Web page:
Lane’s End’s Incoming Stallion Trio On Different Paths After Breeders’ Cup

The Lane’s End stallion operation held a strong hand heading into this year’s Breeders’ Cup at Churchill Downs, with each of its three incoming stallions for 2019 being strong contenders in showcase races, and it exited the event with two winners.

In the days following the marquee card, the paths to the breeding shed for Classic winner Accelerate, seventh-place finisher West Coast, and Dirt Mile winner City of Light are unique to each horse.

Accelerate and West Coast vanned to the the Lane’s End stallion complex on Sunday, arriving that afternoon to be received by farm staff and media. The two horses, who will cover their first mares on-record in February, will be on display for prospective breeders during the farm’s open house days through the first week of the Keeneland November Breeding Stock Sale.

From there, Accelerate will return to the barn of trainer John Sadler to prepare for a projected swan song in the Pegasus World Cup Invitational Stakes. Long-term plans were still to be decided for West Coast, pending a discussion between Lane’s End staff and owners Gary and Mary West. Meanwhile, City of Light remains with trainer Michael McCarthy, also on a path that ends at the Pegasus.

Sadler met Accelerate at Lane’s End, less than 24 hours after their biggest win together, greeting the Lookin at Lucky colt between the stallion barns after the horse calmly stepped off the trailer and walked up the hill from the loading area to his temporary residence. The horse was led from the trailer to his stall by Alex Escobar, Accelerate’s groom in Sadler’s stable, who will remain with the horse for the week he shows for breeders at Lane’s End, and will return with him to the track.

“We’re going to try to keep his routine as similar as we can to what it was like when he’s at the racetrack,” Bill Farish of Lane’s End said about Accelerate’s schedule for the coming days. “He’ll be done up and we’ll try to keep everything as normal as possible for him – keep him moving. We’ve got a free walker. We’ll be talking to John Sadler to see what he’d like us to do while he’s here. We’re sure he’d like to keep the time to a minimum, but both he and Bob Baffert [trainer of West Coast] were very amenable to this, so that does help.”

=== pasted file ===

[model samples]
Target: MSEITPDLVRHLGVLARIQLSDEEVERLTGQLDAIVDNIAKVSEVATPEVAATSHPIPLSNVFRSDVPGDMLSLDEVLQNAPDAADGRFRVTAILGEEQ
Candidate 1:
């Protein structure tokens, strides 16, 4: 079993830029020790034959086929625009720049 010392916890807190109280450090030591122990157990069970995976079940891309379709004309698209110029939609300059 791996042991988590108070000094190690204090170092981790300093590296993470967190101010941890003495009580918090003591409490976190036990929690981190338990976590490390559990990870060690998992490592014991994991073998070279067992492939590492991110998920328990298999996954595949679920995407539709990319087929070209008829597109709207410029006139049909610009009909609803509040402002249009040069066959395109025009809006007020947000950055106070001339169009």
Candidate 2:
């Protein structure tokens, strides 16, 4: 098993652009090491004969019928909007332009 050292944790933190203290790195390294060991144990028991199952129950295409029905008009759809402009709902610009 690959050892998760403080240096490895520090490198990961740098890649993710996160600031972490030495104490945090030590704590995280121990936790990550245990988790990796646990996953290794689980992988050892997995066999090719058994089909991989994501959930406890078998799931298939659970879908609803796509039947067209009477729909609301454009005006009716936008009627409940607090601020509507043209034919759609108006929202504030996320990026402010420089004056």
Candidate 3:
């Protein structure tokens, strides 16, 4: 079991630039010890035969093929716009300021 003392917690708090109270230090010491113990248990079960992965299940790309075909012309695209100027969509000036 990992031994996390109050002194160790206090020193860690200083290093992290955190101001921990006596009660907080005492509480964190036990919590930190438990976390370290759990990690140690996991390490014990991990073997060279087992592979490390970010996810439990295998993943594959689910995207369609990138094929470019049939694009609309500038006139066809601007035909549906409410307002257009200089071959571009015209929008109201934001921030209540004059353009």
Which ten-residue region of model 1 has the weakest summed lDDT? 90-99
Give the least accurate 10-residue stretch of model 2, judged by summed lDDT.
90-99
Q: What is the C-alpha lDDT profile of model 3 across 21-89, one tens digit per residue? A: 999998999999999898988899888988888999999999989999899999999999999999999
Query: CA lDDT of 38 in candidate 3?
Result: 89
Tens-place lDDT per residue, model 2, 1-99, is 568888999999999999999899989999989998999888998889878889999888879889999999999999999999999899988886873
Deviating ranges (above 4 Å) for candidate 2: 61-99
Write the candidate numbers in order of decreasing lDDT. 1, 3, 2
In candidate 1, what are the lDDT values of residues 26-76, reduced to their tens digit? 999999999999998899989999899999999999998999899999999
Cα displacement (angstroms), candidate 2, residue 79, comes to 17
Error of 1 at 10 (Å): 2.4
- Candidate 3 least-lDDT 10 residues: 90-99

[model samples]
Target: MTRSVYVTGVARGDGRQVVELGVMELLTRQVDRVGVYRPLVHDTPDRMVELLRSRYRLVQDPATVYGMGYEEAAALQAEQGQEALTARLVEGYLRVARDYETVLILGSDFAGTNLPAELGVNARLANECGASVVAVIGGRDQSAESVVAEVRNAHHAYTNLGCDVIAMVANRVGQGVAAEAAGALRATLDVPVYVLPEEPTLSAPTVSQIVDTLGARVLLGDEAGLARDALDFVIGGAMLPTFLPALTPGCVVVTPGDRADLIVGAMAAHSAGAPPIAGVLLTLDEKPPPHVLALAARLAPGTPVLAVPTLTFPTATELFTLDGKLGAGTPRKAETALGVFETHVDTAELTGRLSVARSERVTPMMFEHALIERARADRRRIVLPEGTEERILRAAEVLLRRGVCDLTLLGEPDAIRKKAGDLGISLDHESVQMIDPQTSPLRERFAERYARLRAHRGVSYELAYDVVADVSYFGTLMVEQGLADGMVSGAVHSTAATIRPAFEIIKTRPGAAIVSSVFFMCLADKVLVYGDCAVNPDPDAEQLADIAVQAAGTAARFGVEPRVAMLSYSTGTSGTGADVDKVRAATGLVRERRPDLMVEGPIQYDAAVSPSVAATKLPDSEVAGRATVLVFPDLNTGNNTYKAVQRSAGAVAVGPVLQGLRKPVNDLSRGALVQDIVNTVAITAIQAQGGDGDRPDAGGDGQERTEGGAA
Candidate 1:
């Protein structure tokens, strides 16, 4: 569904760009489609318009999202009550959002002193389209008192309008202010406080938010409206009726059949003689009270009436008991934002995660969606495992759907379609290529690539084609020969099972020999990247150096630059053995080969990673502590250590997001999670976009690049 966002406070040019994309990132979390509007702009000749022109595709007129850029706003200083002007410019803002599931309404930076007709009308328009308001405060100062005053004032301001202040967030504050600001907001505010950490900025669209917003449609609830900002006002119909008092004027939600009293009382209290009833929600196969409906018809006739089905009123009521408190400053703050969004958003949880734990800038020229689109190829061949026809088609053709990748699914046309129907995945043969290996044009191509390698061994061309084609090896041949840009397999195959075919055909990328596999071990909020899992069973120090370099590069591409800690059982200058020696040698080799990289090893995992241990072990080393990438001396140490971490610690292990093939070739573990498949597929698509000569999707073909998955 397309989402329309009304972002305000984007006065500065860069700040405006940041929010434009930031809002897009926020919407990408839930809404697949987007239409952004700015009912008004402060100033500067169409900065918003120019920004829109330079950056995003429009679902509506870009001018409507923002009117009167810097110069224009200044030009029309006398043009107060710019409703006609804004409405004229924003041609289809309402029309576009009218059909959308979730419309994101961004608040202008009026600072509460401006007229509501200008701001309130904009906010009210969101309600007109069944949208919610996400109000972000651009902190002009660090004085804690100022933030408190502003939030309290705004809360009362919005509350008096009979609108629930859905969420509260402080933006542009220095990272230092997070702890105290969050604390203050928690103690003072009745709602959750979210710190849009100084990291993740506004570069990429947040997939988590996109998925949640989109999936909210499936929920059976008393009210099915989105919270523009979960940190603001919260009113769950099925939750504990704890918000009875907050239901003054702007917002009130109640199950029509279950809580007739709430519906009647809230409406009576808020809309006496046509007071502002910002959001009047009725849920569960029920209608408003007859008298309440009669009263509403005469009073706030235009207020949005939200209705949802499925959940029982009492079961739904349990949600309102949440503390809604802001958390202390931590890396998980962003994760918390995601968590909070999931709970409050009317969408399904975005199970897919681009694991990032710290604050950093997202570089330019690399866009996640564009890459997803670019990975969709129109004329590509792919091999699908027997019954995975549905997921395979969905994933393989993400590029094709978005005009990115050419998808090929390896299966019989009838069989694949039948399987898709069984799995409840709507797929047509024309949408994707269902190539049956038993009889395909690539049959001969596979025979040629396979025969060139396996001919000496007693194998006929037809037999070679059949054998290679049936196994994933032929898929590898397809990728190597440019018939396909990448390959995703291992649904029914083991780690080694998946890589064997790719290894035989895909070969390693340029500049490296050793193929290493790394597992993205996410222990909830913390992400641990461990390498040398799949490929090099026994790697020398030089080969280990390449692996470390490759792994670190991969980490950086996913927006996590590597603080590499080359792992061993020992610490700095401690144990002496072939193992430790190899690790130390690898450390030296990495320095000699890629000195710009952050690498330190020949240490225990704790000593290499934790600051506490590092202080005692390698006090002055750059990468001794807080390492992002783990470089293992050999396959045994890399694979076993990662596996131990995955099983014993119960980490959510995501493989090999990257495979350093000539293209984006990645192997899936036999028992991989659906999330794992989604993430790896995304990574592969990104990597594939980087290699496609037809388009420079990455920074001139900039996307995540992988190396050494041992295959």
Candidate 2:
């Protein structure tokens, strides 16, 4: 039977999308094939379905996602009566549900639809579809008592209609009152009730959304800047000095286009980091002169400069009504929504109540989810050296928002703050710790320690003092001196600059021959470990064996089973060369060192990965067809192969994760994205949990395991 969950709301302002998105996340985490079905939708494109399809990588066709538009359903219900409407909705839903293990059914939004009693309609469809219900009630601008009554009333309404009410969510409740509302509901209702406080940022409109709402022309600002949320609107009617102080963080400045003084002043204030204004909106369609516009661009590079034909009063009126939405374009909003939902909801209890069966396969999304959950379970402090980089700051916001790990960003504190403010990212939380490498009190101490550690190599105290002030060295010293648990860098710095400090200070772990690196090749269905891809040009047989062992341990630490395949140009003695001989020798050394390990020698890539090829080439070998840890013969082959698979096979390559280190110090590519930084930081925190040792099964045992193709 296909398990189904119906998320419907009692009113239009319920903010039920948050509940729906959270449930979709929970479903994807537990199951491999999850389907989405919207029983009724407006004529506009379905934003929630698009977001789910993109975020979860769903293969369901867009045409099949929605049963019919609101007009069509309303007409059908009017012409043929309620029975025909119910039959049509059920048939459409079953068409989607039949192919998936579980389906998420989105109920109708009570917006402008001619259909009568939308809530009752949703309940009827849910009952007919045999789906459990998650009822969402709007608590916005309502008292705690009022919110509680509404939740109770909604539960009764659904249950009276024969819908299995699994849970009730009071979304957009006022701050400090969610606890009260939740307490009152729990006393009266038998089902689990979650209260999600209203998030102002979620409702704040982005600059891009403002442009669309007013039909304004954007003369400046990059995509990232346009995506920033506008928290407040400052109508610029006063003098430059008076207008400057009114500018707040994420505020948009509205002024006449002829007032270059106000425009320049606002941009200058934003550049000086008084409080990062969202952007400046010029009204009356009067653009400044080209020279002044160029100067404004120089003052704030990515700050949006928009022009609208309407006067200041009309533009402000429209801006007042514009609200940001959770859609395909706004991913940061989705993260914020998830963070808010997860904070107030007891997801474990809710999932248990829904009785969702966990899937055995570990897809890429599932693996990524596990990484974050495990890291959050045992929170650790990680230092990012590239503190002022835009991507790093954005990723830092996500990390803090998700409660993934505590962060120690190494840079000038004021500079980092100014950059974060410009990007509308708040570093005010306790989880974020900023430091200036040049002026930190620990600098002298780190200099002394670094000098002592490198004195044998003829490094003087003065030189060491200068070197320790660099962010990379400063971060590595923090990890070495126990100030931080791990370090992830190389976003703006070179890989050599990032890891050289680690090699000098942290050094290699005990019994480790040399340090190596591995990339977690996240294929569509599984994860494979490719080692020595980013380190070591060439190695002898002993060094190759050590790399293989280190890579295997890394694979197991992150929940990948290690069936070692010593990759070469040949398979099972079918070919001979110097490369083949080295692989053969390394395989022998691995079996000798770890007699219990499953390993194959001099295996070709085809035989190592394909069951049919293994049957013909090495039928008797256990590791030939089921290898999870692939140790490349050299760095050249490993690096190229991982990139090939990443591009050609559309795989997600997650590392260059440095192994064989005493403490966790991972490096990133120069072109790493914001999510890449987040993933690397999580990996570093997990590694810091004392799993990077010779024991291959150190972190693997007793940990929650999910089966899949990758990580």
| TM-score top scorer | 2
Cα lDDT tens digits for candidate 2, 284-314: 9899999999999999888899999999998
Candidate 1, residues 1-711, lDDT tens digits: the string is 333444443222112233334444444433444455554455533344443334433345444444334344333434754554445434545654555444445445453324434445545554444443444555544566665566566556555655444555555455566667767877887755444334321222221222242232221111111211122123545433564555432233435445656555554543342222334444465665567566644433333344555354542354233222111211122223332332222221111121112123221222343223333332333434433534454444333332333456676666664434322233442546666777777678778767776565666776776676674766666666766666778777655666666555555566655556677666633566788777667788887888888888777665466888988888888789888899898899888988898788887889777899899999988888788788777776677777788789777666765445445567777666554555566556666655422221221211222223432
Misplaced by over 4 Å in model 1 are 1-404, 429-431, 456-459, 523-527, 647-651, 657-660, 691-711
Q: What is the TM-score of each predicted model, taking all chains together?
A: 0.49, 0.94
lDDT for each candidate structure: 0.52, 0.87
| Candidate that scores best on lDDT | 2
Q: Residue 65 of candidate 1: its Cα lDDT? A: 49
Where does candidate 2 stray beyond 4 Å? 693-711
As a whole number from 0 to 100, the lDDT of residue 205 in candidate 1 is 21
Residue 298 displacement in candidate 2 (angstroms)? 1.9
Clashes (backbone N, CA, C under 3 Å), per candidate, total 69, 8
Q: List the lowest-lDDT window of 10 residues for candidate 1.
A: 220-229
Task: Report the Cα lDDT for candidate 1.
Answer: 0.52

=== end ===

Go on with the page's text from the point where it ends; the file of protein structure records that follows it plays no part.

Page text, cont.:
West Coast, a champion son of Flatter, arrived at Lane’s End about an hour and a half before Accelerate. He resides in the stall across the way from pensioner A.P. Indy, one of the farm’s cornerstone stallions.

Meanwhile, City of Light, by the fast-rising Lane’s End sire Quality Road, will take his first steps onto the property at a later date. First, plans call to contest the G1 Cigar Mile Handicap before also finishing his career in the Pegasus.

City of Light will be the second Dirt Mile winner to stand at Lane’s End, joining 2015 winner Liam’s Map. The race has gotten a significant bump this year as a stallion-making race, with 2012 winner Tapizar siring probable champion 3-year-old filly Monomoy Girl and two-time winner Goldencents getting off to a fast start with his first crop of juveniles.

Farish, who is on the Breeders’ Cup board of directors, said setting up the Dirt Mile as a resume-maker for stallion prospects was one of the goals when the race was established.

“Mile races are so important to breeding that we thought it would [become an important stallion-making race],” Farish said. “It took a little time to catch on, but it’s certainly catching on in a big way. I’d like to see the purse bumped up. I think it now kind of stands out as being a little too low compared to some of the other races. I’d like to see it bumped, but so far, I haven’t been successful.”

The Pegasus World Cup will take place at Gulfstream Park on Jan. 26, giving Accelerate and City of Light just weeks to prepare for their first seasons at stud, where others have potentially had months to learn the process. The first two editions of the multi-million dollar race have each featured high-profile stallion prospects that have made the quick turnaround – California Chrome, Arrogate, and Gun Runner to name a few – which Farish said helped provide a blueprint.

From the standpoint of getting mares to the stallion, Farish said strong performances leading up to and during the Breeders’ Cup can help drum up interest, even if the stallion is not there to show breeders in the flesh.

“I think it’s only a wrench when you don’t have the [caliber of] horse,” Farish said. “City of Light for instance, is going to go on that track, and when he ran so well in the Dirt Mile, I don’t think it’s a problem. People saw him in the paddock, and in his case, he’s such a beautiful horse, I don’t think we’re going to have any problem with him not being here.

“I think there are cases where it is a problem,” he continued. “Even in cases like the Cigar Mile when you don’t have a horse here during that crucial time, people want to see them before they breed to them, and they want to see them not just in the paddock, but critically see them at the farm. It can be a problem, but it’s something we all have to adapt to and deal with. If you have a horse that doesn’t run well in the Breeders’ Cup and needed that big performance, and he gets it in the Pegasus, a lot of mares are already taken. People are booking earlier and earlier, so it can hurt you that way.”

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